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Re: screen reader versions for testing


From: Beranek, Nicholas
Date: Oct 28, 2016 8:45PM

We test primarily with the latest versions of NVDA and Firefox. We've found that JAWS will compensate for bad coding practices (e.g. A missing programmatic label but adjacent text was present) and there were possibilities that it missed certain issues. If there is ever any question about the results from NVDA; then we'll try another browser. If it persists, we try another screen reader such as JAWS. Sometimes, we'll find that it's simply a user agent issue and we'll do our best to file a bug.

For responsive, we'll test the latest version of iOS with VoiceOver and Safari. Utilizing subject matter expertise: knowledge of the guidelines, nuances between screen readers, browsers, and operating systems, front-end development experience, other tools such as aXe and MSAA Object Inspect, the community, ARIA design patterns, and I could go on further, we're able to qualify that we've done our absolute best.

I hope this helps,

Nick Beranek
Capital One

> On Oct 28, 2016, at 4:54 PM, Mallory < <EMAIL REMOVED> > wrote:
> Kinda the same here: test with current (sometimes the tester doesn't
> have the absolute most-current either), and things that don't work, we
> look them up to see if it's some known bug, if it was fixes, which
> versions were affected. In general being up to date for some big bugs so
> that if things work with a current version, we can be more aware it may
> fail in an older version.
> One thing I try to keep in mind is wealthy web developers tend to have
> the latest and greatest. But the same usually can't be said for our
> customers, so it's dangerous for us to assume "passes in latest" => works for everyone.
> cheers,
> _mallory
> On Fri, Oct 28, 2016, at 09:42 PM, Moore,Michael (Accessibility) (HHSC)
> wrote:
>> Generally we test with the current release of JAWS. This is after we have
>> thoroughly analyzed the code. If we run into unexpected problems then we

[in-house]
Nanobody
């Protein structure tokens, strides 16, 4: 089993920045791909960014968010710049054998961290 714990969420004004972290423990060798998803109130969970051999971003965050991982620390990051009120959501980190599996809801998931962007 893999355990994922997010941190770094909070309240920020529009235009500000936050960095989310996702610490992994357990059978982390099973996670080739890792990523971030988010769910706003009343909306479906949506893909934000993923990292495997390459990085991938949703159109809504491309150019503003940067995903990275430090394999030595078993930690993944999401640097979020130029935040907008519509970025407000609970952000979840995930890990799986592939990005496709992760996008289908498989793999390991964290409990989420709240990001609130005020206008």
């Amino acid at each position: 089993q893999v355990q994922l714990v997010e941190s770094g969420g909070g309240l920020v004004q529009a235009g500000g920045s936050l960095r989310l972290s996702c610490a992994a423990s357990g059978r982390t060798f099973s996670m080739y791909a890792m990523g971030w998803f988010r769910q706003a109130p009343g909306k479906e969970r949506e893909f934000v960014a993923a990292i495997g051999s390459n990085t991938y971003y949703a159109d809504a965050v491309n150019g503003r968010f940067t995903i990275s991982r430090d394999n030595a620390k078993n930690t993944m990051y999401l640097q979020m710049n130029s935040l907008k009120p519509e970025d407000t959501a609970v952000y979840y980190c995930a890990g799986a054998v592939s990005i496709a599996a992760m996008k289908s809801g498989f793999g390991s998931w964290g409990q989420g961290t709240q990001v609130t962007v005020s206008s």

>> will test with current release of NVDA, older versions of JAWS, more
>> browsers etc. What we are doing at that point is attempting to determine
>> who to file the defect with, what possible work arounds exist, and
>> whether we can justify changing code that is technically compliant.
>> Mike Moore
>> Accessibility Coordinator
>> Texas Health and Human Services Commission
>> Civil Rights Office
>> (512) 438-3431 (Office)
>> -----Original Message-----
>> From: WebAIM-Forum [mailto: <EMAIL REMOVED> ] On
>> Behalf Of Delisi, Jennie (MNIT)
>> Sent: Friday, October 28, 2016 1:22 PM
>> Subject: [WebAIM] screen reader versions for testing
>> Hello,
>> Interested in feedback. For those that test websites and documents for
>> accessibility against the standards, but also use screen readers as a
>> part of the testing protocols:
>> -how many versions do you test with? For example, if there is a version
>> 17 and a version 18 of the same screen reader, are you testing with the
>> current version and 1 version back?
>> -for those testing websites and documents that will be reviewed by the
>> public, do you have a different number of versions you test with, as
>> opposed to documents that will only be used internally? For example,
>> there may be an expectation of employees having access to the latest
>> version of a particular screen reader (with maybe one version back for a
>> period of time), but the public may have varying amounts of resources to
>> put towards upgrades.
>> Thanks in advance for any information you can share. I will be cross
>> posting this on the IAAP list and LinkedIn.
>> Jennie
>> Jennie Delisi
>> Accessibility Analyst | Office of Accessibility Minnesota IT Services |
>> Partners in Performance
>> 658 Cedar Street
>> St. Paul, MN, 55155
>> O: 651-201-1135
>> Information Technology for Minnesota Government | mn.gov/mnit
>> >> >> at http://webaim.org/discussion/archives
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